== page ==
On behalf of its U.S. member ports, the American Association of Port Authorities (AAPA) today praised the U.S. Environmental Protection Agency's joint proposal with Canada to the International Maritime Organization (IMO) to designate specific coastal water areas as an Emission Control Area, or ECA. Such action would reduce the allowable emission of nitrogen oxides (NOx), sulfur oxides (SOx), and particulate matter (PM) from ocean-going ships, most of which are registered outside of the U.S.
U.S. ports have encouraged an ECA designation for all three pollutants (SOx, NOx and PM) under the international MARPOL Annex VI treaty. "Considering that emissions from ocean-going ships are significant contributors to our national mobile-source emission inventory, it's imperative that, going forward, tighter emission controls be put in place," said Kurt Nagle, AAPA's president and CEO.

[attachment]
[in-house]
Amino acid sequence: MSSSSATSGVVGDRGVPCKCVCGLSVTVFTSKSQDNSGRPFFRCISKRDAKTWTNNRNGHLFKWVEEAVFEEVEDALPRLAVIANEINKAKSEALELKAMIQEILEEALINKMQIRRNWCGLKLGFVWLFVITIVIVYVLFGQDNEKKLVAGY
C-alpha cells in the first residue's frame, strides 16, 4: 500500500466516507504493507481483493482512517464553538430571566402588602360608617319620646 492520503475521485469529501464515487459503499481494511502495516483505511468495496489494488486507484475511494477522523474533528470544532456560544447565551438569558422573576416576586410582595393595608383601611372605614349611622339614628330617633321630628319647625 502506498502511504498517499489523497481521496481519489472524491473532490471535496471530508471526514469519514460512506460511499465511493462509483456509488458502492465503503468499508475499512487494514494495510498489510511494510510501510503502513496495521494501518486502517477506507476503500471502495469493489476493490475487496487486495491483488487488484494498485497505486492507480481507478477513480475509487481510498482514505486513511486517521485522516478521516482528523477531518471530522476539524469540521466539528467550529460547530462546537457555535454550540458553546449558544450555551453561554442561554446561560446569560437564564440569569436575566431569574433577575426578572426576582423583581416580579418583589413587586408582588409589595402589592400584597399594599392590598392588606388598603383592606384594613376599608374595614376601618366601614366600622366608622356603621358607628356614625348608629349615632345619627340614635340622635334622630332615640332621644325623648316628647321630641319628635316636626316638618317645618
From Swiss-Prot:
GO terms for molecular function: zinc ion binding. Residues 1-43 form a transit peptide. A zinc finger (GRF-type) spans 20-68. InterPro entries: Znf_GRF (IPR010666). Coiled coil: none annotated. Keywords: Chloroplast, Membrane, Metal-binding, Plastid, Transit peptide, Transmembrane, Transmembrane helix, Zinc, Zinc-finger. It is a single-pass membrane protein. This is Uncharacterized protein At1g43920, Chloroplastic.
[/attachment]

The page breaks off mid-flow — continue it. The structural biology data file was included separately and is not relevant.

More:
"Seaports, which support millions of jobs, deliver significant economic prosperity and serve as coastal environment stewards, are investing millions of dollars annually to significantly reduce the environmental impact on their surrounding communities and natural resources," he added.
The proposed area of the ECA includes waters adjacent to the Pacific coast, the Atlantic/Gulf coast and the eight mainHawaiian Islands. The proposed ECA would extend 200 nautical miles from the coastal baseline, except that it would not extend into marine areas subject to the sovereignty, sovereign rights, or jurisdiction of any state other than the United States or Canada.